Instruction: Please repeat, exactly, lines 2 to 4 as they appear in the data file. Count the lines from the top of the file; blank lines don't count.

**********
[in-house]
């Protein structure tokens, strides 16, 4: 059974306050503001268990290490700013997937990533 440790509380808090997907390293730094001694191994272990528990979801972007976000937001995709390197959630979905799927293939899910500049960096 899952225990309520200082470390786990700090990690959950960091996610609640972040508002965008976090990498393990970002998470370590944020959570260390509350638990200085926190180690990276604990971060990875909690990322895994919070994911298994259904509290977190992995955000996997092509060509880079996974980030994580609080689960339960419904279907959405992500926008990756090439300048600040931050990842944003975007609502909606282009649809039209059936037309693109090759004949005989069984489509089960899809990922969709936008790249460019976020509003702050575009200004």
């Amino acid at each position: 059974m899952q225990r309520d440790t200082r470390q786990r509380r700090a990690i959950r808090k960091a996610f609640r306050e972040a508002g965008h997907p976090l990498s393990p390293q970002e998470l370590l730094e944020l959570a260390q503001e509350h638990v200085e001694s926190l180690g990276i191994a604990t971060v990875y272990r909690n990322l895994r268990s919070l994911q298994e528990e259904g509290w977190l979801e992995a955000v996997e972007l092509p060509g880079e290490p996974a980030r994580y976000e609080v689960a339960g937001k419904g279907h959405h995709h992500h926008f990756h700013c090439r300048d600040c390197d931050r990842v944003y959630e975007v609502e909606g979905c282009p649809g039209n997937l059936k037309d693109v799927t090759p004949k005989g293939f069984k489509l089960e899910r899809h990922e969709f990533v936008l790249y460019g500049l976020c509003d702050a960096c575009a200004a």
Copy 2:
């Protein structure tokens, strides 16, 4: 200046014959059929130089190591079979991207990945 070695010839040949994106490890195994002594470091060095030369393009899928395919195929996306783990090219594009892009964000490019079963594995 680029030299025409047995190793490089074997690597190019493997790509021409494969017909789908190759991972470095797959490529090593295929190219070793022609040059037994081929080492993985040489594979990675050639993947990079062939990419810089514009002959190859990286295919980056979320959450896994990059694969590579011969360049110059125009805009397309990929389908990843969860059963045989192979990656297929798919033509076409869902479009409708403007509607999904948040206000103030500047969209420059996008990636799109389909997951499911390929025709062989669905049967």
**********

């Protein structure tokens, strides 16, 4: 059974306050503001268990290490700013997937990533 440790509380808090997907390293730094001694191994272990528990979801972007976000937001995709390197959630979905799927293939899910500049960096 899952225990309520200082470390786990700090990690959950960091996610609640972040508002965008976090990498393990970002998470370590944020959570260390509350638990200085926190180690990276604990971060990875909690990322895994919070994911298994259904509290977190992995955000996997092509060509880079996974980030994580609080689960339960419904279907959405992500926008990756090439300048600040931050990842944003975007609502909606282009649809039209059936037309693109090759004949005989069984489509089960899809990922969709936008790249460019976020509003702050575009200004």
């Amino acid at each position: 059974m899952q225990r309520d440790t200082r470390q786990r509380r700090a990690i959950r808090k960091a996610f609640r306050e972040a508002g965008h997907p976090l990498s393990p390293q970002e998470l370590l730094e944020l959570a260390q503001e509350h638990v200085e001694s926190l180690g990276i191994a604990t971060v990875y272990r909690n990322l895994r268990s919070l994911q298994e528990e259904g509290w977190l979801e992995a955000v996997e972007l092509p060509g880079e290490p996974a980030r994580y976000e609080v689960a339960g937001k419904g279907h959405h995709h992500h926008f990756h700013c090439r300048d600040c390197d931050r990842v944003y959630e975007v609502e909606g979905c282009p649809g039209n997937l059936k037309d693109v799927t090759p004949k005989g293939f069984k489509l089960e899910r899809h990922e969709f990533v936008l790249y460019g500049l976020c509003d702050a960096c575009a200004a």
Copy 2: